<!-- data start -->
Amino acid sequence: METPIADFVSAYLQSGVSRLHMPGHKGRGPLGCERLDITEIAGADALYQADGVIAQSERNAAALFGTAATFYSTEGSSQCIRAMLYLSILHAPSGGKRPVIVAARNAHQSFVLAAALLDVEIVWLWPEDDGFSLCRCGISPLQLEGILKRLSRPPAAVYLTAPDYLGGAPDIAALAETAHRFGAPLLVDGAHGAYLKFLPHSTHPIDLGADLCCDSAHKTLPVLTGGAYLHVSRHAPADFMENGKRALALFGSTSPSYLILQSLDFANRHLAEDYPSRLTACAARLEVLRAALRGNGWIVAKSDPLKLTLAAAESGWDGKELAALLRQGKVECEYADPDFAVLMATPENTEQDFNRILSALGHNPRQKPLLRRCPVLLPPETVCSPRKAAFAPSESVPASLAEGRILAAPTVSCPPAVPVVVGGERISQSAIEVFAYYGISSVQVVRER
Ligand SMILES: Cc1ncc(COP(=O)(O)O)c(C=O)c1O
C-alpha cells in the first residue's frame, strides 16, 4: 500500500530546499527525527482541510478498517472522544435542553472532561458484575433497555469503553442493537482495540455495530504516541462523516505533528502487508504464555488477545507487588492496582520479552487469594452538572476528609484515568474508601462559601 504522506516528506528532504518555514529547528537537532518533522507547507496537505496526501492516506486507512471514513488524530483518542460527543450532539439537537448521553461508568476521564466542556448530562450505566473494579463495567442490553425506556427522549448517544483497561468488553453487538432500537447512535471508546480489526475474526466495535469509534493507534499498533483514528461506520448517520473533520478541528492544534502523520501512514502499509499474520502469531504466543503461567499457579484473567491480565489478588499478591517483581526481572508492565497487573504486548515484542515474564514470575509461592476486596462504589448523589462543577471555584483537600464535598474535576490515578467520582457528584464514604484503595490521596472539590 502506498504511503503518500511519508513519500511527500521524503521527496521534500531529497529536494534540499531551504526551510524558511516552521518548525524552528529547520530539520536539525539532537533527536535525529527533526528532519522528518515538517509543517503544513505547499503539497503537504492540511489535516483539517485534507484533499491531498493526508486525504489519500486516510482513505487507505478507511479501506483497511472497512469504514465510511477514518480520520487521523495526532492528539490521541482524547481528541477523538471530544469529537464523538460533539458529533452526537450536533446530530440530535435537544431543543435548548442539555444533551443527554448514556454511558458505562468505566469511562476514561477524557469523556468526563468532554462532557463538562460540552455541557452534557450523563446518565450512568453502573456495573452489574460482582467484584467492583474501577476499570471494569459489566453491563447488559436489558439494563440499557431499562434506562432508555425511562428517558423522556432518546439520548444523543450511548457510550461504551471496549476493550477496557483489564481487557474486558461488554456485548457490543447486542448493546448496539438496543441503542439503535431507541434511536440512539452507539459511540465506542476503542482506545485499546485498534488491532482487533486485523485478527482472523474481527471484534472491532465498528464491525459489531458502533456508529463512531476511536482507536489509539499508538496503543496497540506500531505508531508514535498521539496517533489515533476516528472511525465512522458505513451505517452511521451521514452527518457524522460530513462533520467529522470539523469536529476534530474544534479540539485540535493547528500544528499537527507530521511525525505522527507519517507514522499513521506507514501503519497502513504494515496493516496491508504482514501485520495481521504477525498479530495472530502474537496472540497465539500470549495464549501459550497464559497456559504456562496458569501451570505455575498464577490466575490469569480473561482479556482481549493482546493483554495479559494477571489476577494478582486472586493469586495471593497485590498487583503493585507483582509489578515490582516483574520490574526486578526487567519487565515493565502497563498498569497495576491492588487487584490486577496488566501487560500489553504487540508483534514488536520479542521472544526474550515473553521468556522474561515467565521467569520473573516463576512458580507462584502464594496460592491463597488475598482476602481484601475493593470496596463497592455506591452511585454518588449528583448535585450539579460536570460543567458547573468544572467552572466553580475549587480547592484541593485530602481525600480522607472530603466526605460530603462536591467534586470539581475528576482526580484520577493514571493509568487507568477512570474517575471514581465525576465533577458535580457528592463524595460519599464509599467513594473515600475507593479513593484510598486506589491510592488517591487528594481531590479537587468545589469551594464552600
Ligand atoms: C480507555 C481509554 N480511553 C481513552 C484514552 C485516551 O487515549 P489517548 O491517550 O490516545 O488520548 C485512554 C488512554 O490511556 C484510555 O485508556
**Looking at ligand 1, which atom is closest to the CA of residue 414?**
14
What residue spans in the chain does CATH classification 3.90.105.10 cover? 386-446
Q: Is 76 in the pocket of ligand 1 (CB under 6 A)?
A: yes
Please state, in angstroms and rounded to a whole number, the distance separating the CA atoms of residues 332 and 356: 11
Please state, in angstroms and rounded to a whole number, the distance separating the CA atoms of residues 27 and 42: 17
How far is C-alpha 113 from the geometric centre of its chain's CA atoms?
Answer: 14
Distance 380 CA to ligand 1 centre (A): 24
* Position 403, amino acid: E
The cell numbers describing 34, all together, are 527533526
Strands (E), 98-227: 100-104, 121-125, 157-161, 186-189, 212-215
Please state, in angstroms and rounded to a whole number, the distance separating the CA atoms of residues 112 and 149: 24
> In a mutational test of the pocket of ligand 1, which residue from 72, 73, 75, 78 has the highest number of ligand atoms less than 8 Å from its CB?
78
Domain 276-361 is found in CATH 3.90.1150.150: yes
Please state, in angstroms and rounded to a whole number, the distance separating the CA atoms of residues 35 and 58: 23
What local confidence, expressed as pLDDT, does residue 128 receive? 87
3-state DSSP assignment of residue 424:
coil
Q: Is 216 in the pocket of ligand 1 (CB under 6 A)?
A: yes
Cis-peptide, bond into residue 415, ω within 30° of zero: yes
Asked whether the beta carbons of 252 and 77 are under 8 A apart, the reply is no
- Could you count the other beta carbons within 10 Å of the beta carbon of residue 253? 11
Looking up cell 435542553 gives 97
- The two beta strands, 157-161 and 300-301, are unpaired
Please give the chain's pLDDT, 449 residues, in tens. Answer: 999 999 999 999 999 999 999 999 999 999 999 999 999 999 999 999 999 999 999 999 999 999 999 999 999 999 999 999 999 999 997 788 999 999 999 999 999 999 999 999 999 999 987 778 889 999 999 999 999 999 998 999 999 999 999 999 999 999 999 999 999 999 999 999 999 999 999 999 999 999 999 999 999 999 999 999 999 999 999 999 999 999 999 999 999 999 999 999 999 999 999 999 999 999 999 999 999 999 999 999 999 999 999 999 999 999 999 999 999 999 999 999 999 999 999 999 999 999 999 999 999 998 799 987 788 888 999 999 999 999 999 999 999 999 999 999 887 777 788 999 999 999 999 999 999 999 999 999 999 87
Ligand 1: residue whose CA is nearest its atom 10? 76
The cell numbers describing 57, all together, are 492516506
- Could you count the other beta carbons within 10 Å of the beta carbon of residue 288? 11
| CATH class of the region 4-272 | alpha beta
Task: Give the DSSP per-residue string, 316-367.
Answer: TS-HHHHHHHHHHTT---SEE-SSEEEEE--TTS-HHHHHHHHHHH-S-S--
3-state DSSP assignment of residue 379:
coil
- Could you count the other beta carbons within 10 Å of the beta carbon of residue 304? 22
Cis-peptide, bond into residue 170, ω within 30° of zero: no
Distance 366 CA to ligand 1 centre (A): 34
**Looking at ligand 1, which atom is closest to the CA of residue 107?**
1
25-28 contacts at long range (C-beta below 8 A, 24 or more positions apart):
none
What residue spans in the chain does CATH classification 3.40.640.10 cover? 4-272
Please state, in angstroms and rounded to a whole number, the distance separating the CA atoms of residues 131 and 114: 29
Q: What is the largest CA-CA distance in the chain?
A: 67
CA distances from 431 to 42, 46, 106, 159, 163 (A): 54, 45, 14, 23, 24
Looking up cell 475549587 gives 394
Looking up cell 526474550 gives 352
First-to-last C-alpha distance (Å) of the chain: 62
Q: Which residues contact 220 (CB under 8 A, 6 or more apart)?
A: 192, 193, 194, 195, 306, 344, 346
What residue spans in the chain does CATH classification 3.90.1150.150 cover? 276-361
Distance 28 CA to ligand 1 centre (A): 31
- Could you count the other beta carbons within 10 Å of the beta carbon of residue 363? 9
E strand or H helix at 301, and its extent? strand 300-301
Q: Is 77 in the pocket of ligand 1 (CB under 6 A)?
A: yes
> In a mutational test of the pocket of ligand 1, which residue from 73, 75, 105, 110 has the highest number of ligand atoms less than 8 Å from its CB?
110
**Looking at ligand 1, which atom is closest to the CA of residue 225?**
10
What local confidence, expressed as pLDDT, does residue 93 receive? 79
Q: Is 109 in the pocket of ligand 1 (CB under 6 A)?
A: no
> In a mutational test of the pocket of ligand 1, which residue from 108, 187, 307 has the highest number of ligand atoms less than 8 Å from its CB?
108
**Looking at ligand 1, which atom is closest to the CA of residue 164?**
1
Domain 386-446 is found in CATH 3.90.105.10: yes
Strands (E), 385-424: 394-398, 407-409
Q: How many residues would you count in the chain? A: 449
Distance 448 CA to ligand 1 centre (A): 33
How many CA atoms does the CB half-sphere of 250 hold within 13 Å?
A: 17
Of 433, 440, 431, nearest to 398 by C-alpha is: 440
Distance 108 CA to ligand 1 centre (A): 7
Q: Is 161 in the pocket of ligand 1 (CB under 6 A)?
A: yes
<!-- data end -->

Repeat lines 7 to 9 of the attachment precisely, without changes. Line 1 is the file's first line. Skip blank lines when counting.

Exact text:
What residue spans in the chain does CATH classification 3.90.105.10 cover? 386-446
Q: Is 76 in the pocket of ligand 1 (CB under 6 A)?
A: yes